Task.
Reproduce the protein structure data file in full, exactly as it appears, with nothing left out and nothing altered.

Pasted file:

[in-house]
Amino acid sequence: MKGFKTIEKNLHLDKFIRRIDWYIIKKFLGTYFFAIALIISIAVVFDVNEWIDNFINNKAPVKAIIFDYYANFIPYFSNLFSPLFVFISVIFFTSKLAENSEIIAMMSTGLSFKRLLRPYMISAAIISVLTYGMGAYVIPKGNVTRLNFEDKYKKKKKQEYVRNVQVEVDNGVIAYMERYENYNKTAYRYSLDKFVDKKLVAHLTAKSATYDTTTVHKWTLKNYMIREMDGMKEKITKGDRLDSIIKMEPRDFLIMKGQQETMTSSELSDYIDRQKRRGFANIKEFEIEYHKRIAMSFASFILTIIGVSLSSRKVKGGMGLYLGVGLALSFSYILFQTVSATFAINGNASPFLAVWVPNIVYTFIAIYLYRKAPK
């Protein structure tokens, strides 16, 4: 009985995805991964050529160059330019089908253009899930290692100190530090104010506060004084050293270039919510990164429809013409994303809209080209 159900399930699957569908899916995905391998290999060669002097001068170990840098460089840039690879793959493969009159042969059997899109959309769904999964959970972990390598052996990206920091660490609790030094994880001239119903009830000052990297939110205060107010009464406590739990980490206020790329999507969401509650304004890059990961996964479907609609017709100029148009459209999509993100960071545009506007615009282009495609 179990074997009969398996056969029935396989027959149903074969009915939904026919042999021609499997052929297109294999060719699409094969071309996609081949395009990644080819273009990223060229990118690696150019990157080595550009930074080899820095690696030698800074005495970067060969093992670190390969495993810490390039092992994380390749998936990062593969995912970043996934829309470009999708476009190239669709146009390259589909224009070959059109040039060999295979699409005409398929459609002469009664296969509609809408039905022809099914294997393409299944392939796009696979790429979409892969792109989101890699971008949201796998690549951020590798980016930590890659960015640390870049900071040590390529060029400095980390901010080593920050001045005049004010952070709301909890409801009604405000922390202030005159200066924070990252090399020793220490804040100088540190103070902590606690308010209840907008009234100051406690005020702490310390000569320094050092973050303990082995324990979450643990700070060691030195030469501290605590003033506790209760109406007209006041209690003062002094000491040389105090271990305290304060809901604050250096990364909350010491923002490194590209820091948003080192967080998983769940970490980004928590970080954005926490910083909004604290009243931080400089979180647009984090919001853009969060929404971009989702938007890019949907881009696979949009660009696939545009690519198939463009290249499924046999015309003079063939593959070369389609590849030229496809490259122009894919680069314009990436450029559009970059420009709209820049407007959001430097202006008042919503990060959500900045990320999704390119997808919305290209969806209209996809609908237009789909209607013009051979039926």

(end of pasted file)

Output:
[in-house]
Amino acid sequence: MKGFKTIEKNLHLDKFIRRIDWYIIKKFLGTYFFAIALIISIAVVFDVNEWIDNFINNKAPVKAIIFDYYANFIPYFSNLFSPLFVFISVIFFTSKLAENSEIIAMMSTGLSFKRLLRPYMISAAIISVLTYGMGAYVIPKGNVTRLNFEDKYKKKKKQEYVRNVQVEVDNGVIAYMERYENYNKTAYRYSLDKFVDKKLVAHLTAKSATYDTTTVHKWTLKNYMIREMDGMKEKITKGDRLDSIIKMEPRDFLIMKGQQETMTSSELSDYIDRQKRRGFANIKEFEIEYHKRIAMSFASFILTIIGVSLSSRKVKGGMGLYLGVGLALSFSYILFQTVSATFAINGNASPFLAVWVPNIVYTFIAIYLYRKAPK
């Protein structure tokens, strides 16, 4: 009985995805991964050529160059330019089908253009899930290692100190530090104010506060004084050293270039919510990164429809013409994303809209080209 159900399930699957569908899916995905391998290999060669002097001068170990840098460089840039690879793959493969009159042969059997899109959309769904999964959970972990390598052996990206920091660490609790030094994880001239119903009830000052990297939110205060107010009464406590739990980490206020790329999507969401509650304004890059990961996964479907609609017709100029148009459209999509993100960071545009506007615009282009495609 179990074997009969398996056969029935396989027959149903074969009915939904026919042999021609499997052929297109294999060719699409094969071309996609081949395009990644080819273009990223060229990118690696150019990157080595550009930074080899820095690696030698800074005495970067060969093992670190390969495993810490390039092992994380390749998936990062593969995912970043996934829309470009999708476009190239669709146009390259589909224009070959059109040039060999295979699409005409398929459609002469009664296969509609809408039905022809099914294997393409299944392939796009696979790429979409892969792109989101890699971008949201796998690549951020590798980016930590890659960015640390870049900071040590390529060029400095980390901010080593920050001045005049004010952070709301909890409801009604405000922390202030005159200066924070990252090399020793220490804040100088540190103070902590606690308010209840907008009234100051406690005020702490310390000569320094050092973050303990082995324990979450643990700070060691030195030469501290605590003033506790209760109406007209006041209690003062002094000491040389105090271990305290304060809901604050250096990364909350010491923002490194590209820091948003080192967080998983769940970490980004928590970080954005926490910083909004604290009243931080400089979180647009984090919001853009969060929404971009989702938007890019949907881009696979949009660009696939545009690519198939463009290249499924046999015309003079063939593959070369389609590849030229496809490259122009894919680069314009990436450029559009970059420009709209820049407007959001430097202006008042919503990060959500900045990320999704390119997808919305290209969806209209996809609908237009789909209607013009051979039926």